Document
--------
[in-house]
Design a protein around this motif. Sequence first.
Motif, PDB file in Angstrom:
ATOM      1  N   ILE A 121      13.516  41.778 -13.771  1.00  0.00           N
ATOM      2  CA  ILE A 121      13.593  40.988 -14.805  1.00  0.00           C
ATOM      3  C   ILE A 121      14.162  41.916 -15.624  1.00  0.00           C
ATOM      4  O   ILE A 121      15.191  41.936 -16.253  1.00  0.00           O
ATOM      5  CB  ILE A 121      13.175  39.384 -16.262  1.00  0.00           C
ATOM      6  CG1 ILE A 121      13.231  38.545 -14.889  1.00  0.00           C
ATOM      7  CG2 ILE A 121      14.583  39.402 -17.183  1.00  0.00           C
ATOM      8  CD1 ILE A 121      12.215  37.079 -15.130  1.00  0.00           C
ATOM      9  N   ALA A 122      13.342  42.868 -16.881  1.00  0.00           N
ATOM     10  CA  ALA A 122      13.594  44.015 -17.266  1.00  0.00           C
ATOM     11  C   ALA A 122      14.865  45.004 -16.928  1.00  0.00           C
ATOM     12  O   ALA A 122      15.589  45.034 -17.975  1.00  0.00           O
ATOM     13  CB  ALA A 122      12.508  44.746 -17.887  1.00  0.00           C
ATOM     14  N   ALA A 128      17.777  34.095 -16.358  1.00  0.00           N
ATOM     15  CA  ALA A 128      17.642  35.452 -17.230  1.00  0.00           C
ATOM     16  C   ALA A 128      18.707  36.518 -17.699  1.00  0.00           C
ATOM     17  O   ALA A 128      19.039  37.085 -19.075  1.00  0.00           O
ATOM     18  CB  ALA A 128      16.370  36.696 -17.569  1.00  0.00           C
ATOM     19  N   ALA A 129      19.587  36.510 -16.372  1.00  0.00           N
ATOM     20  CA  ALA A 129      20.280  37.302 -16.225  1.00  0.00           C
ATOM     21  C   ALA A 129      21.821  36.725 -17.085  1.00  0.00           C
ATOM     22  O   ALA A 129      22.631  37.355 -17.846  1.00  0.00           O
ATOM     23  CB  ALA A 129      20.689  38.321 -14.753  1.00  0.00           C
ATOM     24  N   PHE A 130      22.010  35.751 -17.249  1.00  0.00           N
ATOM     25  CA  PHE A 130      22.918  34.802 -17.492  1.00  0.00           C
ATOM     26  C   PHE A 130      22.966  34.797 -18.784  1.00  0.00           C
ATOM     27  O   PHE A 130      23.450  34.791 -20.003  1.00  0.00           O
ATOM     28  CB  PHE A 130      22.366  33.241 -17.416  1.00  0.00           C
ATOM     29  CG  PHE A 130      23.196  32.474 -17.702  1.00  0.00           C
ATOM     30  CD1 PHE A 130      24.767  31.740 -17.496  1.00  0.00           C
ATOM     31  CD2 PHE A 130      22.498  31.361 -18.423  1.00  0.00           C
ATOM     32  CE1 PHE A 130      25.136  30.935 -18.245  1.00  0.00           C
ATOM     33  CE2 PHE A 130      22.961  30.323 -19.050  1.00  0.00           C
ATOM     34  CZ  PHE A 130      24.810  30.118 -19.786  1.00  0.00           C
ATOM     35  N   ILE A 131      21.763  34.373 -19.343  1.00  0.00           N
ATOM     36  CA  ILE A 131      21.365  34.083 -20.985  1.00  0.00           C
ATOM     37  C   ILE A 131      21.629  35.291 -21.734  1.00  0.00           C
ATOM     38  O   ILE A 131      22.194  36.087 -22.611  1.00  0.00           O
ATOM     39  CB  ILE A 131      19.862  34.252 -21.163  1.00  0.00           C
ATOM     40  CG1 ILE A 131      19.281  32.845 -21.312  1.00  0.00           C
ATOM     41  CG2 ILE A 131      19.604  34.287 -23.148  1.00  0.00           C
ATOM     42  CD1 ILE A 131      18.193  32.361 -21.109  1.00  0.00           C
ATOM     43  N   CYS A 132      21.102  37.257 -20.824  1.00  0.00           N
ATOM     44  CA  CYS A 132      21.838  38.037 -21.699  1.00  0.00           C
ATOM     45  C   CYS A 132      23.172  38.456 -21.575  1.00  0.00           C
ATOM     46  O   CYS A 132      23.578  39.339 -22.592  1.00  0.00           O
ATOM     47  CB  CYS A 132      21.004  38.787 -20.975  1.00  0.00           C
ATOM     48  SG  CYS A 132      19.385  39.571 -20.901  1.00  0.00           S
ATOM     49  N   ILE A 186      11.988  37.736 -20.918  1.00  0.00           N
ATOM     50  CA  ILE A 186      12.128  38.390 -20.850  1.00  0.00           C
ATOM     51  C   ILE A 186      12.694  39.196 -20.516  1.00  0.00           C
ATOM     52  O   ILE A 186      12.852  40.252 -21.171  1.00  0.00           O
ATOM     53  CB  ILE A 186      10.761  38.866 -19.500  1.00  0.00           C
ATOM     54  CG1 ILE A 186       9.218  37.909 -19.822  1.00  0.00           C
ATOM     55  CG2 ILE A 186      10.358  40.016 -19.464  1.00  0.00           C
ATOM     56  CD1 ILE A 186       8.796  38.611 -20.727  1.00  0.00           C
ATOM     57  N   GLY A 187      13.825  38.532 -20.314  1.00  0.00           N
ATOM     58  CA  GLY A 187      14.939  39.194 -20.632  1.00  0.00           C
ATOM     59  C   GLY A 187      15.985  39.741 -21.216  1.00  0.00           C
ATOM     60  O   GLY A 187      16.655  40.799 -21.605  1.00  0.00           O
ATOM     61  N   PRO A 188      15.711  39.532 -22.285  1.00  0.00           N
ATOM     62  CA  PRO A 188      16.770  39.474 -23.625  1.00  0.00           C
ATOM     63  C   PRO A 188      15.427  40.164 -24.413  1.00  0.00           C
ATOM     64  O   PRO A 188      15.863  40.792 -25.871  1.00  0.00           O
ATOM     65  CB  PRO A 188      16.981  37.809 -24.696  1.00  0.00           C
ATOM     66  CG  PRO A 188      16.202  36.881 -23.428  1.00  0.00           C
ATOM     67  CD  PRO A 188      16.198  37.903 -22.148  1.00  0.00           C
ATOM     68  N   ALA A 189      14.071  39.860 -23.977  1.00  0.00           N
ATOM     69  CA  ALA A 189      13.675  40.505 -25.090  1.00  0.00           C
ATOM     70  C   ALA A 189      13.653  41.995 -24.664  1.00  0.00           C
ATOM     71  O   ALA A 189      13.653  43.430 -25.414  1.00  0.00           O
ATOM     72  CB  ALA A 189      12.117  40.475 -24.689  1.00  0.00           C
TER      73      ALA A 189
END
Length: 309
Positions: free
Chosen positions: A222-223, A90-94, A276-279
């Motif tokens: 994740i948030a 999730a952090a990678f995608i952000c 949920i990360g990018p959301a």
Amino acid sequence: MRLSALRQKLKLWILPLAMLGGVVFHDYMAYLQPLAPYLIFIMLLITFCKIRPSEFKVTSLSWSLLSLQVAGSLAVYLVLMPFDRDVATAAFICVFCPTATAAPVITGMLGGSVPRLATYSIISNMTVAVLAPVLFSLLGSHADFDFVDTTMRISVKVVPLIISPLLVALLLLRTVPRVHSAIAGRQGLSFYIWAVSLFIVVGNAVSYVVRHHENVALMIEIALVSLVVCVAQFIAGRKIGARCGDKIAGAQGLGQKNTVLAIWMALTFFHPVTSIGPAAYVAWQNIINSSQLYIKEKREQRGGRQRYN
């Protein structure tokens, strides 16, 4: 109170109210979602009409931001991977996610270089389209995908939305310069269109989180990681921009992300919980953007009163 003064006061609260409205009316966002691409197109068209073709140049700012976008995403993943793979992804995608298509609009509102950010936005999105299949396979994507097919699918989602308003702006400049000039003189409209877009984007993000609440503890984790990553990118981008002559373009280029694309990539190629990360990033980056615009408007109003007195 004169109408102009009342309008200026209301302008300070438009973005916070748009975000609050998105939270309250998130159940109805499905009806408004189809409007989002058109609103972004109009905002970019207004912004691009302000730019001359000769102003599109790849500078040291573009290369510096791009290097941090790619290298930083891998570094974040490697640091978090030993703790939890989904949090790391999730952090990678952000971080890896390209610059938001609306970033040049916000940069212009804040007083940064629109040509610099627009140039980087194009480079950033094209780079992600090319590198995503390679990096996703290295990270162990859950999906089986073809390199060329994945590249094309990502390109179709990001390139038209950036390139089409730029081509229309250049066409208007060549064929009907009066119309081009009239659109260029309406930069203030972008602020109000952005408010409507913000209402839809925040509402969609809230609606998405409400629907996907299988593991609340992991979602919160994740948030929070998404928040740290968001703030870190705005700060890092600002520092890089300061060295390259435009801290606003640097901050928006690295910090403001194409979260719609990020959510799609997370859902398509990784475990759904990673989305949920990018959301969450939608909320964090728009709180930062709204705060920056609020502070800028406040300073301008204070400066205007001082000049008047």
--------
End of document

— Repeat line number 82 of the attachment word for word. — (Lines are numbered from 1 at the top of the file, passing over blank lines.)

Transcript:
Amino acid sequence: MRLSALRQKLKLWILPLAMLGGVVFHDYMAYLQPLAPYLIFIMLLITFCKIRPSEFKVTSLSWSLLSLQVAGSLAVYLVLMPFDRDVATAAFICVFCPTATAAPVITGMLGGSVPRLATYSIISNMTVAVLAPVLFSLLGSHADFDFVDTTMRISVKVVPLIISPLLVALLLLRTVPRVHSAIAGRQGLSFYIWAVSLFIVVGNAVSYVVRHHENVALMIEIALVSLVVCVAQFIAGRKIGARCGDKIAGAQGLGQKNTVLAIWMALTFFHPVTSIGPAAYVAWQNIINSSQLYIKEKREQRGGRQRYN